In Thursday and Friday posts at the "Politico 44: A Living Diary of the Obama Presidency," Jennifer Epstein relayed the announcement that President Barack Obama has nominated Victoria Nuland as the next assistant secretary of state for European and Eurasian affairs.
In other words, the President is defiantly giving the person who was integrally involved in altering the Benghazi talking points until they bore no resemblance to what really happened a promotion. In her first item, Epstein acted as if Republicans are the only ones who might have a problem with this. In her second item, she found two usual-suspect GOP senators who said they'd be okay being walked over. Excerpts follow the jump.
UPDATE: The photo has been changed to a University of Hawaii logo.
For outrageous and tasteless photo placement, it's hard to top the one accompanying an article in the Modesto Press about top college football prospect Aaron Zwahlen.
Despite the availability of many photos of the player, at least a few of which are likely public domain, the Press chose to use the following photo accompanying a report that Zwahlen is choosing to do two years of missionary work with his church before he begins his collegiate career at the University of Hawaii (HT to a NewsBusters tipster):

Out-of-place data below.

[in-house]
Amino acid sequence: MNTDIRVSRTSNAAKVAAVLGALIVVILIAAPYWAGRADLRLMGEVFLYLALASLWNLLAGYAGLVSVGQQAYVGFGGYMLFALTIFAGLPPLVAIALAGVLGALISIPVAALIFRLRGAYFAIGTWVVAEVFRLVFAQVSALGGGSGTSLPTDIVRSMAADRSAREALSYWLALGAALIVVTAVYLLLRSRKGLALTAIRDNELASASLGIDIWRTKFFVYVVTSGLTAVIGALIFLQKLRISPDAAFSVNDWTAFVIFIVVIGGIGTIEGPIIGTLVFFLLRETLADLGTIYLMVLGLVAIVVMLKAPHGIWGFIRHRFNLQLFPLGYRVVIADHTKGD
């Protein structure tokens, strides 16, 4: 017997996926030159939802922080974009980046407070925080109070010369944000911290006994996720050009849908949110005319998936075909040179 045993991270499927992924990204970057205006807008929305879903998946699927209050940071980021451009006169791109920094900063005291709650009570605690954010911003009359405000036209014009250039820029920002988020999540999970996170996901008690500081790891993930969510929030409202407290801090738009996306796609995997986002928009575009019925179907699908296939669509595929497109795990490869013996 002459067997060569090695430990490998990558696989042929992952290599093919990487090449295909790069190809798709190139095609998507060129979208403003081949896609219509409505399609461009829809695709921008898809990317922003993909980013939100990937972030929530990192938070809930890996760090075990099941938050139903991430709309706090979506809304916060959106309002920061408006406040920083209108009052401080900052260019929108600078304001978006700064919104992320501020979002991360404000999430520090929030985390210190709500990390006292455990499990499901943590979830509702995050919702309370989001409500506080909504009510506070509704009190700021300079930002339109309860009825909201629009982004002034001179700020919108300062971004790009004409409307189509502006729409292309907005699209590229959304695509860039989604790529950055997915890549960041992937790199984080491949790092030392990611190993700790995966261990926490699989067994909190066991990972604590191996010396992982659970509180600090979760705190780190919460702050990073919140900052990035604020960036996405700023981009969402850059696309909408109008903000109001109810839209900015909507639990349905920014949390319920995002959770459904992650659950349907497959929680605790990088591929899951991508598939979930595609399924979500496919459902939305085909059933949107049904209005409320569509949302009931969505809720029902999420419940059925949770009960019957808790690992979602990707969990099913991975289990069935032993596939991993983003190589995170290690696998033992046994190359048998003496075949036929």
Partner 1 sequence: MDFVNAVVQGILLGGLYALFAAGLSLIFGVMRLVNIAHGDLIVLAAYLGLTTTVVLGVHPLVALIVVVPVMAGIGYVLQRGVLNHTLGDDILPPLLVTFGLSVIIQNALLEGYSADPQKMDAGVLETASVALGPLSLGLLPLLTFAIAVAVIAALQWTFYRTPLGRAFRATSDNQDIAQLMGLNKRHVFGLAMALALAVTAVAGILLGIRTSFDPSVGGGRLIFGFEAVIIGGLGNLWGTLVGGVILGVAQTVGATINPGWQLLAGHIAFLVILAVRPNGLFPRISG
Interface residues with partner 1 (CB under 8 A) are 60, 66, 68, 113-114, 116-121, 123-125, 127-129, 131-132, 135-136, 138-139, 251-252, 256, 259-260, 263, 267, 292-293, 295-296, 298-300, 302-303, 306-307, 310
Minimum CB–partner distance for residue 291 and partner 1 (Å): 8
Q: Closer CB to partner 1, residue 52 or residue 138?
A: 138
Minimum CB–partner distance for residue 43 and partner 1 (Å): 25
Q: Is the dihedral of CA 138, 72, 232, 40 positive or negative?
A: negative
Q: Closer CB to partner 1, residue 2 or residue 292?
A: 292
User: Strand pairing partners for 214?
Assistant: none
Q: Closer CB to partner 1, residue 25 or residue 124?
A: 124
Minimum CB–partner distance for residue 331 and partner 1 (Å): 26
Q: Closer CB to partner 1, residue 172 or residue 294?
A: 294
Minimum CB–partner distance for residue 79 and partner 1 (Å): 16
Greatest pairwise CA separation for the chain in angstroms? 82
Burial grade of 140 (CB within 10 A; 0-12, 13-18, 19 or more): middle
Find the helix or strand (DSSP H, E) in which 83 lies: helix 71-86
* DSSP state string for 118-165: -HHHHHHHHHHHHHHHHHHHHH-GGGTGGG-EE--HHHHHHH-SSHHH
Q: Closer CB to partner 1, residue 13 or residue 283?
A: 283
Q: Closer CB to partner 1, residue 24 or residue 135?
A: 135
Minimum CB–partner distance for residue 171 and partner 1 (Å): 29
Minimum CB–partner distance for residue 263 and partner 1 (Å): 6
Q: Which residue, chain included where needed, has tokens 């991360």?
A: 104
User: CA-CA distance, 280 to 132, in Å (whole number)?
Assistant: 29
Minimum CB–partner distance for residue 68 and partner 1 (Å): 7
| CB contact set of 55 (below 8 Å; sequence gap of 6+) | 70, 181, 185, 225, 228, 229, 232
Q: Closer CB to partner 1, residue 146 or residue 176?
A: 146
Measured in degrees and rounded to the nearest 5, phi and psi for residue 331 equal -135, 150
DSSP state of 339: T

On his own website, liberal Rep. Ed Markey boasts he “continues to be one public broadcasting’s most ardent supporters, fighting to fight to protect one of our most precious landmarks on the entire media landscape.”
So it wasn’t surprising when NPR reporter Tovia Smith filed a sympathetic story on Friday’s Morning Edition whacking away at Markey’s Republican opponent in the special election to replace Sen. John Kerry. She tilted the story toward Democrats who called Gabriel Gomez “immature” and using language that “has no place in public life.” He called Markey "pond scum."
One obvious question which occurred to me and I suspect others when I read Ann Marimow's first account at the Washington Post dated May 19 of the search warrant issued in 2009 for the personal emails of Fox News reporter James Rosen was: "Where has this thing been hiding?"
The "Affadavit for Search Warrant" is dated May 28, 2010. Why did it come out just this week? Marimow didn't say. More stories followed, still without explanation. It's not unreasonable to believe that the Post might have sat on knowledge of its existence, and that someone who works at the U.S. Court may have deliberately worked to keep it invisible for 18 months after it was supposed to have been unsealed in November 2011.